Sunday, December 16, 2018

Thursday, December 13, 2018

Our learnings from adopting GraphQL – Netflix TechBlog – Medium 

medium.com

Another recap, this time from Netflix, on the successes of using GraphQL.

We have been running GraphQL on NodeJS for about 6 months, and it has proven to significantly increase our development velocity and overall page load performance.

They share some good learnings from the transition.

Four Days Trapped at Sea With Crypto's Nouveau Riche 

breakermag.com

Crypto-currency boat cruise? No thanks.

I understand why people might want to hire a boat and stuff it with investors: to make money. This cruise measures its takings in old-school pounds and dollars. None of the ship’s bars take bitcoin—fittingly, the only thing you can do with it here is gamble. What I don’t understand is why anyone thought this would make the whole thing look less like a Ponzi scheme with a sleazy post-cyberpunk aesthetic.

😳

Wednesday, December 12, 2018

The State of Technology at the End of 2018 – Stratechery by Ben Thompson 

stratechery.com

I like Thompson’s take on current affairs.

This, then, is the state of technology in 2018: the enterprise market is thriving, and the consumer market is stagnant, dominated by the “innovations” that a few large behemoths deign to develop for consumers (and probably by ripping off a smaller company). Meanwhile a backlash is brewing on both sides of the political spectrum, but with no immediately viable outlet through competition or antitrust action, the politics surrounding technology simply becomes ever more rancid.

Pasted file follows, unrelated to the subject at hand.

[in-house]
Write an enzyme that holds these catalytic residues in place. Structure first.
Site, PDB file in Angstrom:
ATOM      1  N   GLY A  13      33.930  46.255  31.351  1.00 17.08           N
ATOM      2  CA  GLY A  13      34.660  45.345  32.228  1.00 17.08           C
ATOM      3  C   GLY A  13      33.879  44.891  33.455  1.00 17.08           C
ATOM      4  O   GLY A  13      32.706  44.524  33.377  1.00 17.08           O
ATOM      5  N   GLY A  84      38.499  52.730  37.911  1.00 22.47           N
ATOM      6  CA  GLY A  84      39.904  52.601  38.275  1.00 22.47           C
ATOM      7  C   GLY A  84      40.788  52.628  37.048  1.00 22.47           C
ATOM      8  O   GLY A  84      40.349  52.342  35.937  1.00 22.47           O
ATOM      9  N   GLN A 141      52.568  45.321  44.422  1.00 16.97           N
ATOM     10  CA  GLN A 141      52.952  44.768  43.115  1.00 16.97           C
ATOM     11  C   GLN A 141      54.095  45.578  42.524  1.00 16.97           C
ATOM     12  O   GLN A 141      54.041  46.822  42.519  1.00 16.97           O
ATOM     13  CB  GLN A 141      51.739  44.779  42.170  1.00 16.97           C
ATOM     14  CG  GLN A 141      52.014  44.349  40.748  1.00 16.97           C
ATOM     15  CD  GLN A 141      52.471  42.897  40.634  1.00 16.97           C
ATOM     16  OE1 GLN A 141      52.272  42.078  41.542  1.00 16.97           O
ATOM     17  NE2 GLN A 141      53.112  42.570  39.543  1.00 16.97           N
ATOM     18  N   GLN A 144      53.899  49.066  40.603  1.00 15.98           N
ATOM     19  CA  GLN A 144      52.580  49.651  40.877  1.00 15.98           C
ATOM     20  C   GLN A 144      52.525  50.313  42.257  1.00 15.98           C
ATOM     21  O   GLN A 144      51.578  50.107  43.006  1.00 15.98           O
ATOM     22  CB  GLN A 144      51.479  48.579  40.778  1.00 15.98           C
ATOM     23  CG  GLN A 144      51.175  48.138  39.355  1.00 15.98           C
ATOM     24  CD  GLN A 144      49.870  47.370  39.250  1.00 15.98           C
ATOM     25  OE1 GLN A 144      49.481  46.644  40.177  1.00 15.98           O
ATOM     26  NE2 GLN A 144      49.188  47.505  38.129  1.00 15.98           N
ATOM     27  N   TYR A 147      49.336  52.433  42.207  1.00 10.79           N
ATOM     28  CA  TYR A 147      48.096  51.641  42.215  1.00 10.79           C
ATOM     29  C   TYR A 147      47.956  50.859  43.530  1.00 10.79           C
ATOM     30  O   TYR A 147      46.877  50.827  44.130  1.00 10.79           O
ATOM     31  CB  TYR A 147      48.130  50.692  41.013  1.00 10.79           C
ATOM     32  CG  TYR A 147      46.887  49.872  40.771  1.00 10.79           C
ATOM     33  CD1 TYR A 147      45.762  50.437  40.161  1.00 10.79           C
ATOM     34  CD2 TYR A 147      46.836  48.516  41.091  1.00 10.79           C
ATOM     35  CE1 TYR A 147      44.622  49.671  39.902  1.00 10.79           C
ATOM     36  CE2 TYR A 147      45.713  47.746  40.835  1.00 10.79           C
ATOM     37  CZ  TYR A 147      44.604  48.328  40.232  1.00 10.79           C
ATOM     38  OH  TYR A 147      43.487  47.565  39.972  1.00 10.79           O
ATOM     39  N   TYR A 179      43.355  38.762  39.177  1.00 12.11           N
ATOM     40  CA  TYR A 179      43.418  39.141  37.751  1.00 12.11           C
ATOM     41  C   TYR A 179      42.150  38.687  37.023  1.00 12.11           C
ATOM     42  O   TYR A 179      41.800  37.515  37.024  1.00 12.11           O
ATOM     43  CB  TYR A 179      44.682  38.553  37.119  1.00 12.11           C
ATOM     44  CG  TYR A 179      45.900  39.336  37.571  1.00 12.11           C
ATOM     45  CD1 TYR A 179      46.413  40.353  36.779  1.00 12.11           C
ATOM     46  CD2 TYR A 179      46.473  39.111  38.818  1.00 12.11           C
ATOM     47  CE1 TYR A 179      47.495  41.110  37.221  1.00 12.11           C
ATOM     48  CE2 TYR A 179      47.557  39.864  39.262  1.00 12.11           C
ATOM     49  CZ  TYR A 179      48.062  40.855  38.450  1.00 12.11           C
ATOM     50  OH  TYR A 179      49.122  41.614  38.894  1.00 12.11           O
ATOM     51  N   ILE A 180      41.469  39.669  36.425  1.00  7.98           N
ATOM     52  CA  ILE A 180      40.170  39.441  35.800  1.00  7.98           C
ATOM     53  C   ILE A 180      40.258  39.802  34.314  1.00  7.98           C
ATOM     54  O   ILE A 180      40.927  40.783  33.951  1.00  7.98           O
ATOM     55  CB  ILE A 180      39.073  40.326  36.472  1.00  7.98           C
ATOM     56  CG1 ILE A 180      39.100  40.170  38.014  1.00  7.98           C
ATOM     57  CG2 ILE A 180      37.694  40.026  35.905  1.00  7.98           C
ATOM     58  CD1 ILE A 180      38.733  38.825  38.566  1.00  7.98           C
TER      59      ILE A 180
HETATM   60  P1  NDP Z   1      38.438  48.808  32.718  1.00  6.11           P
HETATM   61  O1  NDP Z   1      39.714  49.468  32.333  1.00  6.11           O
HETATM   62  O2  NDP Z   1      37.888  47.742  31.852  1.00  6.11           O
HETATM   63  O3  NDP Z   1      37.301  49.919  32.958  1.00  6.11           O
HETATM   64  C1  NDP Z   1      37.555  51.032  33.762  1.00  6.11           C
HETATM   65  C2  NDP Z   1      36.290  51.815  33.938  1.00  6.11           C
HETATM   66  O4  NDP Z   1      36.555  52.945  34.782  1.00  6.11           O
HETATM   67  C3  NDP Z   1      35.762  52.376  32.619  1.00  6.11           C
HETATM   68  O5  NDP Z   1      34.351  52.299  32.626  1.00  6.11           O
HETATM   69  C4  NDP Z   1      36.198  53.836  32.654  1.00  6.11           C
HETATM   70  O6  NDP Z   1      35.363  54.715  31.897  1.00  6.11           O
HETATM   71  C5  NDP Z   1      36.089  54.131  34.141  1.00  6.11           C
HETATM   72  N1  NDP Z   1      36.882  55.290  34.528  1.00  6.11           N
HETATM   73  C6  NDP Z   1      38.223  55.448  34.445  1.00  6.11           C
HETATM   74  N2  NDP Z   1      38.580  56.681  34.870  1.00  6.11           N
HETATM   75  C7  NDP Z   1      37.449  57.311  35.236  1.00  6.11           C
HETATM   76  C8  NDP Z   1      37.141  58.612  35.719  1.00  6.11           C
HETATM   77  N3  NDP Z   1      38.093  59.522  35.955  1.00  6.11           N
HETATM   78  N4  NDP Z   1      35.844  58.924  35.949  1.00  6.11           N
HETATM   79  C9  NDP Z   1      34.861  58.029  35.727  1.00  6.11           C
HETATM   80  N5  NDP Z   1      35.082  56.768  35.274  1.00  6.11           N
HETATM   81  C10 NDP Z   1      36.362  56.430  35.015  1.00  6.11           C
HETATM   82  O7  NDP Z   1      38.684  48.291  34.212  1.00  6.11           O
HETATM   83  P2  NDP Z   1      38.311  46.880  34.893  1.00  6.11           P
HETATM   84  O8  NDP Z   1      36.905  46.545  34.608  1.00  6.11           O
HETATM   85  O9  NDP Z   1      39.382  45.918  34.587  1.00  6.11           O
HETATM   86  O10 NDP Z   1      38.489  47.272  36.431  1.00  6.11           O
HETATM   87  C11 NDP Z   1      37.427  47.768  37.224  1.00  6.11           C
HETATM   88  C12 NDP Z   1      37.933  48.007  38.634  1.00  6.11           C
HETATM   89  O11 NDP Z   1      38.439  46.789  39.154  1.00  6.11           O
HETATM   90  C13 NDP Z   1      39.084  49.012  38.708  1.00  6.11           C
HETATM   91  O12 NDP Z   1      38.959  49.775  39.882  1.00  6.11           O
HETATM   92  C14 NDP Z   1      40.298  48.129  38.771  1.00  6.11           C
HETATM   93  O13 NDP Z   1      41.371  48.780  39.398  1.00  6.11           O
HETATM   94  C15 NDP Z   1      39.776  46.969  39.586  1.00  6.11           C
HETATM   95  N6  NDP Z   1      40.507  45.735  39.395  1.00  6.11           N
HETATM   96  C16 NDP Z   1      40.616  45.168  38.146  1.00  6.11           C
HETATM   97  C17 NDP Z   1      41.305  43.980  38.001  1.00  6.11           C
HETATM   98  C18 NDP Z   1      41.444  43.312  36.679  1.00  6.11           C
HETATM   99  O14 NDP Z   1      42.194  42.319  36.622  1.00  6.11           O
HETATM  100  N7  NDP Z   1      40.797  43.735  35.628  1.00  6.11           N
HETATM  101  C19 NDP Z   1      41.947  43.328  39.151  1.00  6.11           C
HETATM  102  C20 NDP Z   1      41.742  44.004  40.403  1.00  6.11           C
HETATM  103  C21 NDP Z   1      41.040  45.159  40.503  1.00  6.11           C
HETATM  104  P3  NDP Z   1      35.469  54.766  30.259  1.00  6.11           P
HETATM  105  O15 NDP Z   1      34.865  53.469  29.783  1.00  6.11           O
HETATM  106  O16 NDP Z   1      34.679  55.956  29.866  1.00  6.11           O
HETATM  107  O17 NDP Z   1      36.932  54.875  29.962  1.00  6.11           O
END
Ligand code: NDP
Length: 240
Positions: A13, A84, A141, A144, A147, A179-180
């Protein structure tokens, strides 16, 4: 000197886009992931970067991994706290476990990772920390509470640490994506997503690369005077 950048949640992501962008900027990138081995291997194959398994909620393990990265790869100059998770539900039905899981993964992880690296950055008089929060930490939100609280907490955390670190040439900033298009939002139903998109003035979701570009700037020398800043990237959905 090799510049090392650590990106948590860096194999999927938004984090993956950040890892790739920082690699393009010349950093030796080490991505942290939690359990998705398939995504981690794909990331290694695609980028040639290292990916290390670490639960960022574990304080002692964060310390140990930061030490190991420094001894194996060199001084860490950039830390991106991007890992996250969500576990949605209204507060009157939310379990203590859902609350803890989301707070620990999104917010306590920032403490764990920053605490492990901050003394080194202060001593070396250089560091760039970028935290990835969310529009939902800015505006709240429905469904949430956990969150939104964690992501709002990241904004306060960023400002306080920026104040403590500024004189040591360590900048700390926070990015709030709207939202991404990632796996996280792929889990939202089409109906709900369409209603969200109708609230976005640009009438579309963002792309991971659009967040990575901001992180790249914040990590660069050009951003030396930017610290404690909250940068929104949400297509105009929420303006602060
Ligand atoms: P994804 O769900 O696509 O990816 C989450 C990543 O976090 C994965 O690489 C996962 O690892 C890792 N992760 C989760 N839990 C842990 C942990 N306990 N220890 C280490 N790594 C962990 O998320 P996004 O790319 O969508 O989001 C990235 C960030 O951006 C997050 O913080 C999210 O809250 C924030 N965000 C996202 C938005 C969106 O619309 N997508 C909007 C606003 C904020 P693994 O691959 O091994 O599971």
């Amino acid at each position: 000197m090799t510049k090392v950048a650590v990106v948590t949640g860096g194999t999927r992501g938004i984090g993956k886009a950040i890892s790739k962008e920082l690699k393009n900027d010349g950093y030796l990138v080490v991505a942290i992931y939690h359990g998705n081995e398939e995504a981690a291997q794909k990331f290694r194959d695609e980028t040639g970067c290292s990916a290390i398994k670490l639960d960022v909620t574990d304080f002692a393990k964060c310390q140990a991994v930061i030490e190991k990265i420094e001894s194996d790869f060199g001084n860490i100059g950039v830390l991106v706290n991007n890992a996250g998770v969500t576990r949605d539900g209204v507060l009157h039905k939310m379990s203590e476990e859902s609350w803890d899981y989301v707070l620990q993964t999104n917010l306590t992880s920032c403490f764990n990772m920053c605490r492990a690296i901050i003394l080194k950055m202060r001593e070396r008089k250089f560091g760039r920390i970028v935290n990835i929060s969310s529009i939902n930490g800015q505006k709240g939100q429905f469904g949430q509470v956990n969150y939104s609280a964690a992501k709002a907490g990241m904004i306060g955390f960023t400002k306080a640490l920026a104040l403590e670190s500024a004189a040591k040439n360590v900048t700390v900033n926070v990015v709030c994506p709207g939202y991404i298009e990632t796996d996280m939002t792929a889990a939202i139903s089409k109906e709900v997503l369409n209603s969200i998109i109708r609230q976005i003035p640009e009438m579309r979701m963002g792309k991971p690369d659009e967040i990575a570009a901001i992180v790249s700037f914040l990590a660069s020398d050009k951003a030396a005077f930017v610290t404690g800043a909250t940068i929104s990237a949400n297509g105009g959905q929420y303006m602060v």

The stagnation is a real thing. We don’t have many new service and apps coming to market in the last year. The giants of the industry haven’t left much for the rest of the market.

Antifragile 

boz.com

Bosworth makes a good case here against protecting teams. I tend to agree. I’ve fallen into this trap myself mostly around acquiring or merging companies. There is a tendency to hold certain things back during that process, and it just delays the inevitable. Better to get out of the way. Protecting causes more problems in most cases.

Tetris 

www.colinfahey.com

There is so much Tetris here! History of the game, variants of it. But most notably, a program to read a Tetris game using a webcam and then “play” it using the standard controls. A computer playing Tetris!

Monday, December 10, 2018

Sunday, December 9, 2018

Saturday, December 8, 2018

On Blogs in the Social Media Age - Study Hacks - Cal Newport 

calnewport.com

Interesting analogy from Cal Newport. Is the open web more of a market based system? I can see the logic behind that, and it does make sense.

As any serious blog consumer can attest, a carefully curated blog feed, covering niches that matter to your life, can provide substantially more value than the collectivist ping-ponging of likes and memes that make up so much of social media interaction.

This is why I don’t get any of my incoming information via social media. None of the links I highlight come from social media.

Stop Checking Your Email All The Time (How to Break Your Inbox Dependence And Get Real Work Done) 

medium.com

Everything in this is so true.